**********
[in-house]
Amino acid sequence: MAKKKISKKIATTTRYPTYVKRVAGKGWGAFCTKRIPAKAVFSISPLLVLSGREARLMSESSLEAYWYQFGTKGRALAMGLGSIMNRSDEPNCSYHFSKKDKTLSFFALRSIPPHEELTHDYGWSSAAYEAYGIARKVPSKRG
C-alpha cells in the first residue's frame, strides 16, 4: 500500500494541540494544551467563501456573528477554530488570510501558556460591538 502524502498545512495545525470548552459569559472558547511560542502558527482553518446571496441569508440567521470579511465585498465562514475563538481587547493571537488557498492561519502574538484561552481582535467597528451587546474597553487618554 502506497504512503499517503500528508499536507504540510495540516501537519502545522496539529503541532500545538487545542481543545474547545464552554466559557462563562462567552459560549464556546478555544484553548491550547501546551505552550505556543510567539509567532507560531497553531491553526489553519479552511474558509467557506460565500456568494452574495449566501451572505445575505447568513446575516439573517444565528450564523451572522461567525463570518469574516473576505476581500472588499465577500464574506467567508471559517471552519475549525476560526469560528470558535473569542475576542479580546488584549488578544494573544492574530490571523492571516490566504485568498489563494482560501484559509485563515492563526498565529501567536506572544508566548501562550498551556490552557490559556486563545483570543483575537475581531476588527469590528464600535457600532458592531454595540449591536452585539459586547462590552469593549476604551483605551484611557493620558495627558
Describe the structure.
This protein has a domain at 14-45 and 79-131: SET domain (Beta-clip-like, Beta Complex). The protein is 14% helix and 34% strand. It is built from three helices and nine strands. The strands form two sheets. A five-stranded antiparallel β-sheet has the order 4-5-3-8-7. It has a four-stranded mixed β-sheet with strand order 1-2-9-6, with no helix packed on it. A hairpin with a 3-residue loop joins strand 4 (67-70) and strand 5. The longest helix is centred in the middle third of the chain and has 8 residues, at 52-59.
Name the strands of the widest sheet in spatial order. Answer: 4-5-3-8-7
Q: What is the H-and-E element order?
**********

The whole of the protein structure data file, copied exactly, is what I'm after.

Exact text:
[in-house]
Amino acid sequence: MAKKKISKKIATTTRYPTYVKRVAGKGWGAFCTKRIPAKAVFSISPLLVLSGREARLMSESSLEAYWYQFGTKGRALAMGLGSIMNRSDEPNCSYHFSKKDKTLSFFALRSIPPHEELTHDYGWSSAAYEAYGIARKVPSKRG
C-alpha cells in the first residue's frame, strides 16, 4: 500500500494541540494544551467563501456573528477554530488570510501558556460591538 502524502498545512495545525470548552459569559472558547511560542502558527482553518446571496441569508440567521470579511465585498465562514475563538481587547493571537488557498492561519502574538484561552481582535467597528451587546474597553487618554 502506497504512503499517503500528508499536507504540510495540516501537519502545522496539529503541532500545538487545542481543545474547545464552554466559557462563562462567552459560549464556546478555544484553548491550547501546551505552550505556543510567539509567532507560531497553531491553526489553519479552511474558509467557506460565500456568494452574495449566501451572505445575505447568513446575516439573517444565528450564523451572522461567525463570518469574516473576505476581500472588499465577500464574506467567508471559517471552519475549525476560526469560528470558535473569542475576542479580546488584549488578544494573544492574530490571523492571516490566504485568498489563494482560501484559509485563515492563526498565529501567536506572544508566548501562550498551556490552557490559556486563545483570543483575537475581531476588527469590528464600535457600532458592531454595540449591536452585539459586547462590552469593549476604551483605551484611557493620558495627558
Describe the structure.
This protein has a domain at 14-45 and 79-131: SET domain (Beta-clip-like, Beta Complex). The protein is 14% helix and 34% strand. It is built from three helices and nine strands. The strands form two sheets. A five-stranded antiparallel β-sheet has the order 4-5-3-8-7. It has a four-stranded mixed β-sheet with strand order 1-2-9-6, with no helix packed on it. A hairpin with a 3-residue loop joins strand 4 (67-70) and strand 5. The longest helix is centred in the middle third of the chain and has 8 residues, at 52-59.
Name the strands of the widest sheet in spatial order. Answer: 4-5-3-8-7
Q: What is the H-and-E element order?